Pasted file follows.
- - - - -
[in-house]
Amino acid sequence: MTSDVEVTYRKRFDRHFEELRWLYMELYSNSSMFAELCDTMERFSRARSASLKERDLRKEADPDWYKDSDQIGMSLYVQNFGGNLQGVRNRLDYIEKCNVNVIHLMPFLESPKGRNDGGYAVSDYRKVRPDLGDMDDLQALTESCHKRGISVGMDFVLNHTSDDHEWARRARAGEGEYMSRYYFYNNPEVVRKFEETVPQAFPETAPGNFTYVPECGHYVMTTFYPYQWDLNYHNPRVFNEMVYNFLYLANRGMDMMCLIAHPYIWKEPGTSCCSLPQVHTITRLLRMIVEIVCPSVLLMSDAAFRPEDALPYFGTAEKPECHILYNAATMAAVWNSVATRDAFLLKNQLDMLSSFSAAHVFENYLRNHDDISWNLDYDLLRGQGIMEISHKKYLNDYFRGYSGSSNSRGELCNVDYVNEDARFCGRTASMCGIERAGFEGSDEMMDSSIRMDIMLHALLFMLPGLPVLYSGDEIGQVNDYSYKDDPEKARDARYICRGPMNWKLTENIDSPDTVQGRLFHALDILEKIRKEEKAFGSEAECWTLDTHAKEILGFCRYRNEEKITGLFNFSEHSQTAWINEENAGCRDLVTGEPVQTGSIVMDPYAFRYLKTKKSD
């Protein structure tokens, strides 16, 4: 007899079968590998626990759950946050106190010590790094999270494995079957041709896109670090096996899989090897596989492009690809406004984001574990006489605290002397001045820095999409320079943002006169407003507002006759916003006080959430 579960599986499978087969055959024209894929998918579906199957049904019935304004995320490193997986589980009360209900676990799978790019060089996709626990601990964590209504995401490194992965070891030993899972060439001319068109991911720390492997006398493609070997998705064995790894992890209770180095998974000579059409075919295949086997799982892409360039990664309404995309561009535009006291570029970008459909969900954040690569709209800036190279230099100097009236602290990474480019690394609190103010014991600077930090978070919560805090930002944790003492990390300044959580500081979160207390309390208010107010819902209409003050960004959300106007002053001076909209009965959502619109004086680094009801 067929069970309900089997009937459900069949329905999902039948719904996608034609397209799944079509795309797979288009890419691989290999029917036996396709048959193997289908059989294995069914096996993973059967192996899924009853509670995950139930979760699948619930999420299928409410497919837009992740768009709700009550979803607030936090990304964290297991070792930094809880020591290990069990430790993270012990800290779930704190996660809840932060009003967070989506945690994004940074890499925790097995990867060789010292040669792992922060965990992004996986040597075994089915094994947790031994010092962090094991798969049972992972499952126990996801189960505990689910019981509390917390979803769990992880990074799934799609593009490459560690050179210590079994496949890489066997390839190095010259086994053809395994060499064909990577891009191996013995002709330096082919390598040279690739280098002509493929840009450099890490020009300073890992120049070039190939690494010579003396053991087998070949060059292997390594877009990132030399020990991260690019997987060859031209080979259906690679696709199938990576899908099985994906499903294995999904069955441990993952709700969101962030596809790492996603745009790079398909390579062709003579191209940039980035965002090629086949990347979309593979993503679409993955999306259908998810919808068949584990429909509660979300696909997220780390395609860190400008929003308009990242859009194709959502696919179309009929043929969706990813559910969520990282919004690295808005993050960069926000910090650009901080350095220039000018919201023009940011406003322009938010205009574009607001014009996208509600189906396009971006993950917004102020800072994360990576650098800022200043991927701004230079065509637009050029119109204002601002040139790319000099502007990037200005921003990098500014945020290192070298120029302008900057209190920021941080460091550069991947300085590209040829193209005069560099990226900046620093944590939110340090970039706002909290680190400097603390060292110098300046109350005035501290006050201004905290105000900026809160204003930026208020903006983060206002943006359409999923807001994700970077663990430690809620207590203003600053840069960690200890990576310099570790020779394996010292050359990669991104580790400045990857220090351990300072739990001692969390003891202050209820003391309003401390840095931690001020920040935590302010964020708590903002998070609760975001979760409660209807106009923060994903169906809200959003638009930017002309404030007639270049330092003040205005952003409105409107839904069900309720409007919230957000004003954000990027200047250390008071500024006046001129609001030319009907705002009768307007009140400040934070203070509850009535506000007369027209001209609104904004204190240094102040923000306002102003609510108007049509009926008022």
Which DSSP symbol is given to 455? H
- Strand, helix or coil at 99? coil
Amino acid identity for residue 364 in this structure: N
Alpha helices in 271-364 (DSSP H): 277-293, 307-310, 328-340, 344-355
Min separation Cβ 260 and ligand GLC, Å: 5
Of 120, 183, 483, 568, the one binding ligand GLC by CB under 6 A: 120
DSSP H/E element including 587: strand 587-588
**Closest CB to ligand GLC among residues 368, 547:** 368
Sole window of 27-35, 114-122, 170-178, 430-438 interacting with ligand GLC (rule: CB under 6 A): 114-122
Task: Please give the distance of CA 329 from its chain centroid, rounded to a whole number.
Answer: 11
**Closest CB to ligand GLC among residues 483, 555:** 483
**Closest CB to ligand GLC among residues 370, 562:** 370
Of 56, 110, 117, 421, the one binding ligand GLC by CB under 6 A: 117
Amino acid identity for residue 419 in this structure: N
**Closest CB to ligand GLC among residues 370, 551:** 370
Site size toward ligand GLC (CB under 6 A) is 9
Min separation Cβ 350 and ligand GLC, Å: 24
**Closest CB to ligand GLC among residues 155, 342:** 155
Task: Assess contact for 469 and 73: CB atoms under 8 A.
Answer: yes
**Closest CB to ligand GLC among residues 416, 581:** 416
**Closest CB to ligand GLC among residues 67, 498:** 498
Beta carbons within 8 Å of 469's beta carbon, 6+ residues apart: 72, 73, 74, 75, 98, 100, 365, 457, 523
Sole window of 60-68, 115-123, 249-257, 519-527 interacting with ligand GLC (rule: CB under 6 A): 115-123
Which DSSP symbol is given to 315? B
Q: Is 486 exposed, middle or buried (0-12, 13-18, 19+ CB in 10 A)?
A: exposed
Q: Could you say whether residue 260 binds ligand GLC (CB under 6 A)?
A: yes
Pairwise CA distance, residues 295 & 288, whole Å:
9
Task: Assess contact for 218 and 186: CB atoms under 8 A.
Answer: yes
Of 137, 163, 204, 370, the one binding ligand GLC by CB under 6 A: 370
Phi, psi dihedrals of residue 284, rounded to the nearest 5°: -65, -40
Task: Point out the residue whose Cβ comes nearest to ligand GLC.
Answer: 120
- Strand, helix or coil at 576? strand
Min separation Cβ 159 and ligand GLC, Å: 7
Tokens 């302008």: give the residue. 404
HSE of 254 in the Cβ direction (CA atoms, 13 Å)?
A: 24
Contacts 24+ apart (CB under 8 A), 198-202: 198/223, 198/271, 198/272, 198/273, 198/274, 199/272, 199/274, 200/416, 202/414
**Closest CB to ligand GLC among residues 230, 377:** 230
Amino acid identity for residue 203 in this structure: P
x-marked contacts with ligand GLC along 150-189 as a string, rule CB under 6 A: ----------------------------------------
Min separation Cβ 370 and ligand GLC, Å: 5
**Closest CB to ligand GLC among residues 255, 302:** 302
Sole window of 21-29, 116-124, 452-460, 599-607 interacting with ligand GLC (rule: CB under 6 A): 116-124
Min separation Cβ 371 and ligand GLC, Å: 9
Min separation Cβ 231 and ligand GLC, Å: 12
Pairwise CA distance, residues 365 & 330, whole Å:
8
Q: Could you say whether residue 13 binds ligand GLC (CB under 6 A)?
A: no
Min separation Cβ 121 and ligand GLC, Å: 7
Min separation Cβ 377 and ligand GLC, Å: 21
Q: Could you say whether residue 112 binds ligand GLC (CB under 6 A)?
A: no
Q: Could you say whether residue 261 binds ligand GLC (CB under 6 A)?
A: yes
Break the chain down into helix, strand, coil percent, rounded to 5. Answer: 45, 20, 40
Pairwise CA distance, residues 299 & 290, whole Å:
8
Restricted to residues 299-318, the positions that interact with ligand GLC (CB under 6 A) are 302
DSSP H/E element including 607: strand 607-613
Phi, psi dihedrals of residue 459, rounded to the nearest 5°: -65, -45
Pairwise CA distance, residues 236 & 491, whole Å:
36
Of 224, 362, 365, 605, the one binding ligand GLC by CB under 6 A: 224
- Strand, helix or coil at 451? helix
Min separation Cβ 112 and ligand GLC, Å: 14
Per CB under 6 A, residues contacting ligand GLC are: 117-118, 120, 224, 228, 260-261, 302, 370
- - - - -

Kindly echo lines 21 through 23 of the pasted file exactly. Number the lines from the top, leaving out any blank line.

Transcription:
Min separation Cβ 350 and ligand GLC, Å: 24
**Closest CB to ligand GLC among residues 155, 342:** 155
Task: Assess contact for 469 and 73: CB atoms under 8 A.